Being an introvert isn’t a “good thing” or a “bad thing.” It’s a personality type, not a value judgment.
Yet introverts are likely to feel out of place at work. The atmosphere can be particularly uncomfortable if they’re in a traditional corporate environment that rewards extraverts who thrive in open-space offices, speak their minds regularly (and often loudly), and network as if they were born to the task.
It’s not only a matter of comfort. Traditional companies and their managers often celebrate extraverted employees, because they regularly contribute ideas (or at least speak up) during meetings, and are more likely to exhibit a “take-charge” attitude in the workplace.
Moreover, extraverts are rewarded for their personalities. A comprehensive study by Truity Psychometrics LLC has found that, on average, introverts make substantially less money and are asked to supervise fewer employees than extraverts. They’re also less likely to be satisfied at work.
Those are obvious reasons for introverts to feel like second-class citizens in the workplace — but they shouldn’t. The latest manual that accompanies the highly valued MBTI personality evaluation test reports that the population is split 50-50 between extraverts and introverts.
In other words, half the employees at any large company are introverted; they’re simply dominated by their extraverted co-workers and a culture that encourages and rewards that outward behavior.
How does an introvert learn to speak up at work?
The answer can be found in the practice of mindfulness.
Introverts, Confidence, and Mindfulness
There are many reasons why people are introverted. Some of the reasons are innate and stem from the way introverts’ brains work, while others are related to the environments and interactions introverts experience throughout their lives.
One thing that introverts tend to have in common is that they do not speak up at work.
Some feel they have nothing valuable to offer, some fear that they’ll expose a lack of knowledge or sophistication, and many others simply believe that they’re not as (good, smart, experienced, important, worthy — choose one) as their fellow employees and managers who are extraverted.
Those feelings can be summed up in three words: lack of confidence. And that’s where mindfulness comes into play.
Mindfulness focuses on living in the moment instead of being burdened by the past or overly worried about the future. Through mindfulness meditation and other techniques, an individual learns — among many other things — to put aside negative experiences that have acted as barriers to self-awareness and self-actualization.
The connection should be obvious. Living fully in the present, instead of dwelling on the past, allows a person to realistically appreciate their abilities and potential contributions to shared projects at work. That self-awareness (without excessive introspection) is what allows an introvert to develop confidence — and to speak up when appropriate.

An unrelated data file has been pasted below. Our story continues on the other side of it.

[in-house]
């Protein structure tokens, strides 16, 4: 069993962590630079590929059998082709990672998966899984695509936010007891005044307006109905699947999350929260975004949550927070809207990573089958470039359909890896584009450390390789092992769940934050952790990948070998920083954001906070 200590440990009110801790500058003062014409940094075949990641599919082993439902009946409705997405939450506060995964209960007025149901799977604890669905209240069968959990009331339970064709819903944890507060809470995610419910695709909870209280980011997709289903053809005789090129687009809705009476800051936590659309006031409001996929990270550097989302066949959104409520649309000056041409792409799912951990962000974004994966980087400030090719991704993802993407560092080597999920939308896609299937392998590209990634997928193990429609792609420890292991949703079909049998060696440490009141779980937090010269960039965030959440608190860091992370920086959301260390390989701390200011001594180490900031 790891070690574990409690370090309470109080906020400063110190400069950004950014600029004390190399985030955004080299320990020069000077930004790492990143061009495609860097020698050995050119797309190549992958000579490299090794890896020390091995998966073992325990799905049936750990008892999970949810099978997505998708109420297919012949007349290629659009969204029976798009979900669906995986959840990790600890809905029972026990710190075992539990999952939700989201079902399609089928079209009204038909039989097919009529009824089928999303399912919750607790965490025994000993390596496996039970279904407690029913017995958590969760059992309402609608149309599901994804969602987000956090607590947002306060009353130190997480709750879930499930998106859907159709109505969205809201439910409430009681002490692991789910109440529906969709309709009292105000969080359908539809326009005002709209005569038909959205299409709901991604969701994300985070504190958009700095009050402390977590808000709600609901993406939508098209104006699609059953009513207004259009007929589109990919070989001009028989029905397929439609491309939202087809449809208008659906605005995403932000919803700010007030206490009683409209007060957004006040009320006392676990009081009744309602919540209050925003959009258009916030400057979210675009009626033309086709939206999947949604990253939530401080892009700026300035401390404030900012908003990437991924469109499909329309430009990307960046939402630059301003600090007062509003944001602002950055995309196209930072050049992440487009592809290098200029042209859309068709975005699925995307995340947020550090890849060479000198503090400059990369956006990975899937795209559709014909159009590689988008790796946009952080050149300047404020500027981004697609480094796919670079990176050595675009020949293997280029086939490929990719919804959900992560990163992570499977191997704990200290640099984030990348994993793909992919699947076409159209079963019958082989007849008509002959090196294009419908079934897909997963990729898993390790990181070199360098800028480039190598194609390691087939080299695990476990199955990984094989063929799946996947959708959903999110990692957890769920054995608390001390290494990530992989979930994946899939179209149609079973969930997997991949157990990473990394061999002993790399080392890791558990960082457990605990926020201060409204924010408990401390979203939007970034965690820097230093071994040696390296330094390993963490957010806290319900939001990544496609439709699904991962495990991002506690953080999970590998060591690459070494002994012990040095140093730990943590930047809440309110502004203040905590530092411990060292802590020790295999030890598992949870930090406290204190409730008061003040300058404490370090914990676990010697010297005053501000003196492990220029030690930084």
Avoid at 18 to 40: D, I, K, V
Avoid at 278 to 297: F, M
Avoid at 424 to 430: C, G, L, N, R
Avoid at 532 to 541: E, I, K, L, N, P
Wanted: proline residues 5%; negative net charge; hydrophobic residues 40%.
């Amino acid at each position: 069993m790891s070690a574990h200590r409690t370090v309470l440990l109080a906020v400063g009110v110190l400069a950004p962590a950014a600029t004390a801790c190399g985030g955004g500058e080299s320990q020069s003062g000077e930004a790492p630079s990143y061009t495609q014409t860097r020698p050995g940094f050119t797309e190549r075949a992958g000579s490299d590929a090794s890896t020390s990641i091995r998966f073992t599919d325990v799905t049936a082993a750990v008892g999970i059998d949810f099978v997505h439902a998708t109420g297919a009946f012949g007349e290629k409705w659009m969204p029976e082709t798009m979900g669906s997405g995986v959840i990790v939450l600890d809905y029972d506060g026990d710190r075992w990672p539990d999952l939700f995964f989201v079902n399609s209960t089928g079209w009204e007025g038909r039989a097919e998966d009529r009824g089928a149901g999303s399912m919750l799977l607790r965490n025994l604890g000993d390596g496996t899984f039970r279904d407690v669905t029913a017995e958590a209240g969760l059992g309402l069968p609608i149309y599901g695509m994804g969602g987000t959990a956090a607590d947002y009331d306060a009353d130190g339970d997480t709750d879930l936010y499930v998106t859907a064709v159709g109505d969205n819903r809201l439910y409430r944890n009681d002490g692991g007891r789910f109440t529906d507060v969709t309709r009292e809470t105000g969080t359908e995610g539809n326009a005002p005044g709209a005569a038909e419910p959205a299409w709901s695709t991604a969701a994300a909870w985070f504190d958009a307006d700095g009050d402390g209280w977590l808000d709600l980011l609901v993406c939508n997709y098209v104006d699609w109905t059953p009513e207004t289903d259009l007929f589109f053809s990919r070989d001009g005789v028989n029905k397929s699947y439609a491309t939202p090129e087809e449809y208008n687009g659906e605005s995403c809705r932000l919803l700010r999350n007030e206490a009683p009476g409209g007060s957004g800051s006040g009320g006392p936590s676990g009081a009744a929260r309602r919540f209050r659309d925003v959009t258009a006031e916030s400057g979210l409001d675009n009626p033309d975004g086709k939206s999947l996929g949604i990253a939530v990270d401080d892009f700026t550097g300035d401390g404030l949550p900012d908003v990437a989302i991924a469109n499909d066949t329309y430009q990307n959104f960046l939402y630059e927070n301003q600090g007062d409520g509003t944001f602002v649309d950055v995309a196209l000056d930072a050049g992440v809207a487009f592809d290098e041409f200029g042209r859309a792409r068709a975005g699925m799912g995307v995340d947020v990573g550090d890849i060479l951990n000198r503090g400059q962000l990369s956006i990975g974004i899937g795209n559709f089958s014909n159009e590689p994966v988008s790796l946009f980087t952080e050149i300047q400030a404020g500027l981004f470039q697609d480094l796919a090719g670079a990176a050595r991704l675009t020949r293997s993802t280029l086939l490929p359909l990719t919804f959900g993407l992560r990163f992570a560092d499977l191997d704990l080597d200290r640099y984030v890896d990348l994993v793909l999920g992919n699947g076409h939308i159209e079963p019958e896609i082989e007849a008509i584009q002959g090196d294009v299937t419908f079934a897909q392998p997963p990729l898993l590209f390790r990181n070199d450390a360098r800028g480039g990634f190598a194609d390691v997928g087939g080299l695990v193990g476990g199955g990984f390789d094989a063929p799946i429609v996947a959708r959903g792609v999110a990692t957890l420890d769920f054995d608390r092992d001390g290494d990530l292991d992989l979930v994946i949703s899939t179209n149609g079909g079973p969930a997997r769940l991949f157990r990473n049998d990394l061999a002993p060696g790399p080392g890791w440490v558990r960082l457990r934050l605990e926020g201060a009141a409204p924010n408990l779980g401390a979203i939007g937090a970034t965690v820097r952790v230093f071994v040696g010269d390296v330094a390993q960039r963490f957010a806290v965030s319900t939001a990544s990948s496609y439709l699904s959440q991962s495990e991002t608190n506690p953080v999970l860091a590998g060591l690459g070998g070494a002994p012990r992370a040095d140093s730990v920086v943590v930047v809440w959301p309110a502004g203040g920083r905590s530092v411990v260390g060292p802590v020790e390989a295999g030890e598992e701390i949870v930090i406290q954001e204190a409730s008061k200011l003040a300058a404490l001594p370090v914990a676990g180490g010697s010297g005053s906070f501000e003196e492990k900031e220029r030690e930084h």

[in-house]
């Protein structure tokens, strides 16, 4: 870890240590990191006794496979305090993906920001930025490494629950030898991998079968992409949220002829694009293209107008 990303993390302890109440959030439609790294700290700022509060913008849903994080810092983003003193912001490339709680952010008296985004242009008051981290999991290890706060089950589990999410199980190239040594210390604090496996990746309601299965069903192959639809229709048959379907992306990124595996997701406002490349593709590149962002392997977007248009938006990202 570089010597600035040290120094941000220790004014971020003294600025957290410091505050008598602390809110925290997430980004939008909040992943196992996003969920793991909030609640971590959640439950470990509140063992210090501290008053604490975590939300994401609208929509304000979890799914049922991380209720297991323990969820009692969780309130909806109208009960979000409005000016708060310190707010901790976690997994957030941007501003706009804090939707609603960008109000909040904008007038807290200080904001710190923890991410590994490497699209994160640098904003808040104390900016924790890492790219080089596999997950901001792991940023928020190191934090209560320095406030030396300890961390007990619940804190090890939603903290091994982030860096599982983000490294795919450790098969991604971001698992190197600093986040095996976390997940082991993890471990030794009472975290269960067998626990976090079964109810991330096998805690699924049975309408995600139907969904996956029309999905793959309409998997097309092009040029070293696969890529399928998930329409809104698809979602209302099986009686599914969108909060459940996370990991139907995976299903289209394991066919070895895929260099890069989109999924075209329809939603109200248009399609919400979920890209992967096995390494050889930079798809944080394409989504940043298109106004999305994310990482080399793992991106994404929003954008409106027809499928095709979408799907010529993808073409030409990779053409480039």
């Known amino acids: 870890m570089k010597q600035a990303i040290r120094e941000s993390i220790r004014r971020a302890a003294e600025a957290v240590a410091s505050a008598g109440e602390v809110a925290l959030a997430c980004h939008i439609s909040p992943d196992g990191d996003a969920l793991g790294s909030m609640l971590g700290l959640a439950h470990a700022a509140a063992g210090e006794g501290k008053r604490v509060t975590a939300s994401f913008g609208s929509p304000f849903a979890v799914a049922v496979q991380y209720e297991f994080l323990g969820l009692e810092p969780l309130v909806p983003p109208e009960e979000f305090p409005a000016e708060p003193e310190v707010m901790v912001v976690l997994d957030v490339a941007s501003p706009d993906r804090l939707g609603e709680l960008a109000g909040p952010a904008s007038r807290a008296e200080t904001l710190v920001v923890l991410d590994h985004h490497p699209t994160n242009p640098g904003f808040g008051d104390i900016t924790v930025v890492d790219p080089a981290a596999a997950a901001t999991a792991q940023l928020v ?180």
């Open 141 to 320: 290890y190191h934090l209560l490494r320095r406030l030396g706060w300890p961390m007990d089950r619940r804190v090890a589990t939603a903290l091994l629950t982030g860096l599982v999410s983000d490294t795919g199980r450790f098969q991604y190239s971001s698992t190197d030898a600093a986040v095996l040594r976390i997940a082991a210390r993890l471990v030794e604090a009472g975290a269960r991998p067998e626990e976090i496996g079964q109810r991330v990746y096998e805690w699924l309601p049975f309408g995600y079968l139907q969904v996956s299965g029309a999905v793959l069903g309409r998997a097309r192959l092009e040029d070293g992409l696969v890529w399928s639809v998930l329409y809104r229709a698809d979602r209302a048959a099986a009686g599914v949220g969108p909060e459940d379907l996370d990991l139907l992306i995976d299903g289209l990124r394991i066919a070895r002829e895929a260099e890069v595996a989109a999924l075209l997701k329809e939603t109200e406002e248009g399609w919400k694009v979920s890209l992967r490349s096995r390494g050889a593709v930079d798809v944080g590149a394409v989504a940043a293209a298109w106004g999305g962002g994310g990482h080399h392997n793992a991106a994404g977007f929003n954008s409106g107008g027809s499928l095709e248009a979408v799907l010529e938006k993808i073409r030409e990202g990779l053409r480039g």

Fear, Confrontation, and Mindfulness
Fear ensured the survival of our species, enabling our ancestors to properly react to serious threats ranging from dangerous animals to invading armies.
Everyday concerns in the 21st century are usually far more benign, yet our brains are still hardwired to anticipate threats and feel fear. Many situations that motivate extraverts, like meeting new people or speaking in front of a group of superiors, can seem quite threatening to introverts. Some even become paralyzed with fear.
A common response to fear is flight. Introverts who feel fear at work don’t normally grab their purses and run for the elevator, but they’re likely to withdraw from situations they perceive as threatening, and avoid situations where confrontation, criticism, or embarrassment are viewed as distinct possibilities.
Making small talk at a company-wide meeting or speaking up in front of the boss can be a petrifying experience.
Once again, mindfulness can help put many of these issues to rest. Mindful meditation can also play a large part.
A mindful individual’s mental clarity and self-control can easily step in and help out. Regular mindful meditation practice can become a powerful tool in the face of fear. Chatting with a stranger at an industry conference, or suggesting a new product at a meeting with superiors, becomes a specific challenge which can be overcome — and not a scary situation to avoid at any cost.
Living in the Moment
Mindfulness allows us to shed painful memories of past failures — as well as fears of embarrassment or exposure. You can stop “thinking so hard,” and allow your knowledge and abilities to simply take over. There’s nothing wrong with being introverted or extraverted, but your best chance at standing out at work is through mindfulness practice.
It’s a more comfortable — and healthier — way to navigate the corporate landscape.
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